(By the way, the artist for this arc, Hinase Momoyama, is one of the best of the entire series, keeping everything light and moe but avoiding some of the awkward bodies and weird posing from prior arcs. She also does some really over the top ‘Higurashi faces’, which will only get worse as the series goes on.)

Oh, yes, the series goes on. Thought you were done? This is only omnibus 2 of 3, and this is called the Massacre arc but has been rather free of massacres. And Rika is aware of this – Teppei is horrible, but he’s not gutting her on an altar. She still has to stop the killings after the Cotton Drifting. And that leads us to our villain, who I can now, at last, discuss. Not that it hasn’t been somewhat obvious. Some stories try to hide their villains by making them the seemingly nice, friendly person. But Ryukishi07 is perfectly content with making it the paranoid, occult-loving woman who was practically having an orgasm when she was shown the torture weapons of Hinamizawa.

Rika and Bernkastel had gone over the 3 ironclad rules of each world, and it’s here that we see that one of the rules is obviously incorrect – Takano is the villain, so she’s not the corpse found in the oil drum. Not that faking your death in this series seems all that hard. I will admit, the final scene in the manga doesn’t have all the impact it should, in my opinion, mostly as the audience still doesn’t really have all the facts – Takano’s revelations to Tomitake are as confusing to us as they are to her, and a casual reader might very well think, “Wait, it’s her? Where did that come from?” Of course, in Japan this series had few casual readers – the anime was over, the visual novels were done, and everyone knew what was going to happen. As Frederica Bernkastel notes in her poem, the cat in the box is dead. This is not the Good End world.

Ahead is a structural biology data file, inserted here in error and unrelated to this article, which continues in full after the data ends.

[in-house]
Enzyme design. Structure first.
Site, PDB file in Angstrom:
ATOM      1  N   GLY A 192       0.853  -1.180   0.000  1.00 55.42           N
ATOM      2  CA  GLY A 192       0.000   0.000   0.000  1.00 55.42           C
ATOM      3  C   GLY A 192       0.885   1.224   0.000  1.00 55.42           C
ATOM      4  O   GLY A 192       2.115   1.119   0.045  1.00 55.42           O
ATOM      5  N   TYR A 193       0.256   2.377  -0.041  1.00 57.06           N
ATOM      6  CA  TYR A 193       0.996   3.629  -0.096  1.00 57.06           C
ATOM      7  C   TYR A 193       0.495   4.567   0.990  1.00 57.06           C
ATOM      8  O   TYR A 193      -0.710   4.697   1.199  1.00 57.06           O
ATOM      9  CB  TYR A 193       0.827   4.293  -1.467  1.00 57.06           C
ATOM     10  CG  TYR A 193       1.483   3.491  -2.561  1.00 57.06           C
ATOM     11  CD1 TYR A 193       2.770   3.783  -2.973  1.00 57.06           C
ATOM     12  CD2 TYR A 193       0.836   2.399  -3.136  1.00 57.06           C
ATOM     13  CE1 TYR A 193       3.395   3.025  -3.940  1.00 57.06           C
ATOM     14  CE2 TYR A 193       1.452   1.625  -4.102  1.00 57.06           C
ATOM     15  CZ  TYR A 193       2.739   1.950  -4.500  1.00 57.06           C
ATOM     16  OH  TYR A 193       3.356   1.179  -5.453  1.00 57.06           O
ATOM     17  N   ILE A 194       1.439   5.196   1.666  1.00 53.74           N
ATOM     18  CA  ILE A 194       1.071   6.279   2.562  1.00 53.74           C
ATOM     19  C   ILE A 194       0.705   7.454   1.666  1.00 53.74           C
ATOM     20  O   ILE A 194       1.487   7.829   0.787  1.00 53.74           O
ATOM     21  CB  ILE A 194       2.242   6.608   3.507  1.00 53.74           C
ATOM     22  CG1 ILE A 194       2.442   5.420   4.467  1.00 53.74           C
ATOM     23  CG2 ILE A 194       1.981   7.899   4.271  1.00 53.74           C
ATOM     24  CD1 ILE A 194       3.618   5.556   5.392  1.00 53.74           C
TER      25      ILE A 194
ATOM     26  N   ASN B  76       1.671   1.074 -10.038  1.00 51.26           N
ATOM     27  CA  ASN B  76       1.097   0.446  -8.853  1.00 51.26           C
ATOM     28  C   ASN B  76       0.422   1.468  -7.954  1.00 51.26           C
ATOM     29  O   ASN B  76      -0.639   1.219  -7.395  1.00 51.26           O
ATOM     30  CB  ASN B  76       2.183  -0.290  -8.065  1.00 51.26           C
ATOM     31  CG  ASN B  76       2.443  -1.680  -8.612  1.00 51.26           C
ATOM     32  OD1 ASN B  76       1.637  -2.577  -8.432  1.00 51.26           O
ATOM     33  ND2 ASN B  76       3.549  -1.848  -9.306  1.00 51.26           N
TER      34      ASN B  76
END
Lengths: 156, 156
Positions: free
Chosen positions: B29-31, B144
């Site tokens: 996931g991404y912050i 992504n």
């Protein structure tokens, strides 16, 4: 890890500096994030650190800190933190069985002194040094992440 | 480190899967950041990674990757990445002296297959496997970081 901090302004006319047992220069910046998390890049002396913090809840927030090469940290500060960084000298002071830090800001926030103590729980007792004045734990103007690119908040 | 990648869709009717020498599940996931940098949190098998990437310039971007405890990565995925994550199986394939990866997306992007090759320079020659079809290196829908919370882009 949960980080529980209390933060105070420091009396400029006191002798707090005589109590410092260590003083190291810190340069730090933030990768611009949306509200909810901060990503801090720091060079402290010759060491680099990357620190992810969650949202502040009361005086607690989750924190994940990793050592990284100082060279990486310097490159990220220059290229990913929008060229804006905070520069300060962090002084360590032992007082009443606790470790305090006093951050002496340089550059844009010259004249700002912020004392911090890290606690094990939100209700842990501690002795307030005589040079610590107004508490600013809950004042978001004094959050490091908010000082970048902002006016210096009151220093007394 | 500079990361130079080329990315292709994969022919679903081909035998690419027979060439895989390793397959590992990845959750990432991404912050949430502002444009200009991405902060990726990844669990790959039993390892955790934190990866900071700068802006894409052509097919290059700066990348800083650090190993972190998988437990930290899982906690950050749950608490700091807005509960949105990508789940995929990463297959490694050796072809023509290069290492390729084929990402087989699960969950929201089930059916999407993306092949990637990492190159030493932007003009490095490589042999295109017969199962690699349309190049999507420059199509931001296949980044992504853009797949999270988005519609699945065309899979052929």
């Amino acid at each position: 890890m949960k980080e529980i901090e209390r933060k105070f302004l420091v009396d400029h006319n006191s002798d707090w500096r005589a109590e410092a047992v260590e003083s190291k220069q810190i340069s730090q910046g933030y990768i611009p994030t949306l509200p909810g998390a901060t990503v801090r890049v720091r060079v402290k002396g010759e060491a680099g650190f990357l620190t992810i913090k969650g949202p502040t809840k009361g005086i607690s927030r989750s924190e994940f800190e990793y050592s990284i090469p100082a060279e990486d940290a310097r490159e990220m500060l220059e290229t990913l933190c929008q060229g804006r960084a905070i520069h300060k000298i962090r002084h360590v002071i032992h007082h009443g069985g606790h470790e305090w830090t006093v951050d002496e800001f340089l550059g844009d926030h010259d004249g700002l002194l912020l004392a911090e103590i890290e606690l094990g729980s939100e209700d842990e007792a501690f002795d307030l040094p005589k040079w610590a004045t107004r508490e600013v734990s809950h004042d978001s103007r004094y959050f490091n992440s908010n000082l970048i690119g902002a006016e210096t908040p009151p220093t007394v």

And so with one omnibus to go, where will Takano lead us? To a massacre? And for god’s sake, what does Rika have to do to stop dying? What is the solution here? How can Takano be stopped? Well, we won’t find that out next time. But we will get to see some VERY over the top, scary Higurashi faces. Stay tuned.

(TL, DR: this volume was fabulous, except maybe towards the end.)

Did you enjoy this article? Consider supporting us.


Speak Your Mind

*